“Mira Que Larga Tienes La Cola: Magical Realism in Latin America” reflected onto the screen on Friday, December 3, facing the full seats of Kemper Auditorium. Directly translating to “look how long your tail is,” Emiliano Cáceres Manzano ’22 opened, explaining the figurative title. He delivered an hour-long interactive presentation, inviting some of the audience up to the stage at times to perform brief skits demonstrating the topic and to read excerpts from magical realist literature.
According to Cáceres Manzano, magical realism is the concept of mystical experiences being morphed into realistic ones. He called two students to the stage to act out a play depicting magical realism, in which a woman did not experience time.
“Magical realism, like we talked about, depends on the unreal happening as part of reality. So in magical realism, we have fantastical things… coexisting in what is otherwise a pretty realistic story… a key part of [magical realism] is its metamorphosis in perception, in other words, an important part of magical realism is its tone. That means that magical realism values the real and the fantastical side by side and equally, and when a magical realist writer is speaking to us, we can’t really tell what really happened, and it doesn’t matter… it feels true,” said Cáceres Manzano.
Many attendees were new to the term “magical realism.” Camila McGinley ’23 attended the event, despite not being familiar with the concept. According to McGinley, Cáceres Manzano’s initial anecdote regarding his mom’s use of the phrase, “mira que larga tienes la cola” helped clarify the term. According to Cáceres-Manzano, this phrase adequately captures magical realism, as it links the two terms together in a genre of literature.
“I really liked when he shared the anecdote of what his mom would tell him. I thought that was really sweet and a good way to introduce the topic. I was a bit confused… so I was like ‘oh I wonder if I’ll understand what [magical realism] is” and when I went I really understood because of Emiliano,'” said McGinley.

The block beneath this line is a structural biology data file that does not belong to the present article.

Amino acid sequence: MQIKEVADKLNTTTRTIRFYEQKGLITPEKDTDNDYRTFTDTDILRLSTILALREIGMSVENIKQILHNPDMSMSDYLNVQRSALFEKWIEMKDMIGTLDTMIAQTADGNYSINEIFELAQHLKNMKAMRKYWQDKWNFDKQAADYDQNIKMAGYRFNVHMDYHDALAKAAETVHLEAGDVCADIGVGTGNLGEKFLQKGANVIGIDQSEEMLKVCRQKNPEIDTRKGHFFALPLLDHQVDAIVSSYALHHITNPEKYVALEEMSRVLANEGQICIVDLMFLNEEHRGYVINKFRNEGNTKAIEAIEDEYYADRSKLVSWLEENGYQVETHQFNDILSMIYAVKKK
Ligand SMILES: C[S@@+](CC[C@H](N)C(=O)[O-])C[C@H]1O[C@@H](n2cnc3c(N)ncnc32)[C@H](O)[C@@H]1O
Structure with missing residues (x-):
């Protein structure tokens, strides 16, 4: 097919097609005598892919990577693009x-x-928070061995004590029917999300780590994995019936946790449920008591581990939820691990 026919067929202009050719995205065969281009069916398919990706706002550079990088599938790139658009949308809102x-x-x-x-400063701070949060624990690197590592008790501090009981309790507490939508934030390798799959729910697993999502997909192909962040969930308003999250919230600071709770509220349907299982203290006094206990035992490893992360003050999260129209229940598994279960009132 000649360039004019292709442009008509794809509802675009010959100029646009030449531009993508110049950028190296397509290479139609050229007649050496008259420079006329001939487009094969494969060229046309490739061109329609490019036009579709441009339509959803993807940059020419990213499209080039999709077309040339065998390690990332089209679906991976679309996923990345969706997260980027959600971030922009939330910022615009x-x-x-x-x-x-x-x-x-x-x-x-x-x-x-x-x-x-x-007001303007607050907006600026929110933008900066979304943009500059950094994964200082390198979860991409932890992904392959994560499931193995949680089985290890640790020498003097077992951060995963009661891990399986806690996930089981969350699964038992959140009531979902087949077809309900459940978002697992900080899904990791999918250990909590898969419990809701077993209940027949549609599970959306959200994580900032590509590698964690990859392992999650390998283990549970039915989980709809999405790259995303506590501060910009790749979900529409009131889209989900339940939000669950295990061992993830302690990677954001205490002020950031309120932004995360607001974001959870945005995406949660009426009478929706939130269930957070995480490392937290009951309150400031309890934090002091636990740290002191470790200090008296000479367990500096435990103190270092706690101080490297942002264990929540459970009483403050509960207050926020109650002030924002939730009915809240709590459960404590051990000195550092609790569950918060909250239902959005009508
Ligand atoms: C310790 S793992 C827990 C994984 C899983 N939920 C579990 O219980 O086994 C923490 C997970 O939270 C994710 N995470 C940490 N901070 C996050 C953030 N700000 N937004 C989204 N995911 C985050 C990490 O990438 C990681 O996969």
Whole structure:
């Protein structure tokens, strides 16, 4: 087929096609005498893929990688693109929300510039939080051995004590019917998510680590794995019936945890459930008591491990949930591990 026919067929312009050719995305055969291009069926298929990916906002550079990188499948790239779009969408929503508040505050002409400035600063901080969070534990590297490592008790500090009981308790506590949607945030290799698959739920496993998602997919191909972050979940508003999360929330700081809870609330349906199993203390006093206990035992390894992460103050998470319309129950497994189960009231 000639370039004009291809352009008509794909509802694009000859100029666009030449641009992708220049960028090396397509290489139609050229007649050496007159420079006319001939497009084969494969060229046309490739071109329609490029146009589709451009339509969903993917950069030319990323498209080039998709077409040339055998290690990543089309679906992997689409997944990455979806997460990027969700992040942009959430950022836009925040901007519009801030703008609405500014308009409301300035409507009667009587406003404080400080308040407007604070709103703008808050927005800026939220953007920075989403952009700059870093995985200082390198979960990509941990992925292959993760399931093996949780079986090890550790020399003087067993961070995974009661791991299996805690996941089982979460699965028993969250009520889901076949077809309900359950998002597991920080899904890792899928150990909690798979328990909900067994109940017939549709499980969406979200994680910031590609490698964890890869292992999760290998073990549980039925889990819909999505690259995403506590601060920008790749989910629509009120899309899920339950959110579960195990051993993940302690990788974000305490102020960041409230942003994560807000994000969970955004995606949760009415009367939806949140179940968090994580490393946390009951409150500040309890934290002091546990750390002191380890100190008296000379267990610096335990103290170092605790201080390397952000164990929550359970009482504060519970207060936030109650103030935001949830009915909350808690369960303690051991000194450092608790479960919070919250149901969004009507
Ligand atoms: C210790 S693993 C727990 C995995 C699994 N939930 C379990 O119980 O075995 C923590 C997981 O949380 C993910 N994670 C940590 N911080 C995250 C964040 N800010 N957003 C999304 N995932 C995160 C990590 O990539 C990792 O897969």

When Juliana Reyes ’24 saw Cáceres Manzano’s name on the CaMD presentation flyer, she knew she had to attend his talk. Although she went because of a familiar face, Reyes gained a much deeper appreciation and understanding for her friend’s topic than she initially anticipated.
“I attended because I knew Emiliano was doing it and I really look up to Emiliano so I wanted to be there to support him and also I think talking about magical realism and colonial trauma is important.”
Reyes continued, “It [fulfilled my expectations] because it was so amazing, but it didn’t because it actually surpassed them because I didn’t know what to expect and all of his talking and slides made me understand what he was talking about,” said Reyes.
Melanie Garcia ’22, attendee and CaMD scholar for the 2021-2022 school year, reflected on how Cáceres Manzano’s work will help her to prepare her own presentation. Garcia plans on presenting this coming February.
“First, I am aware I have big shoes to fill because he did an excellent job. Second, just seeing him speak and seeing how he interwove his thoughts made me think of ways for me to do the same,” said Garcia.
Inspired by his own heritage, Cáceres Manzano focused on Latin American literature, offering new and unfamiliar information to many of the audience members. Specifically, the CaMD scholar explored the power of perspective when researching and engaging with one’s history.
“I think that it’s important to expose people to world literature. Well, I felt responsible for Latin America because that’s where I’m from. But more than that I think it’s really important that people understand the concept of engaging with history and the many different ways that you can do that… In my presentation, I chose to [research] history through a very particular lens which is something to grapple with in terms of influences, in terms of trauma and how to put it into writing, but I think the overall concept of what do you do with your history whether if it’s positive or negative how do you tell it, how do you bring it to light responsibly, with love [and] with care,” said Cáceres Manzano.
Although he introduced the concept of magical realism and its cultural significance to much of the audience, Cáceres Manzano also intended to provide a space of recognition and comfort for those more familiar with Latin American culture.
“I had two kinds of like target audiences: my first is I really wanted to make sure that the Latin-American students in the audience felt seen, felt represented, felt like it added something to their sense of identity to how they viewed themselves and their culture and I think that it’s great if it expanded beyond Latin-American students but I wanted specifically to make sure that those students kind of felt like they had a place… I also really wanted to reach out to all the artists in the audience and… encourage them to pursue their art through the reminder that they have an impact, that art is a really, really powerful force in shaping culture,” said Cáceres Manzano.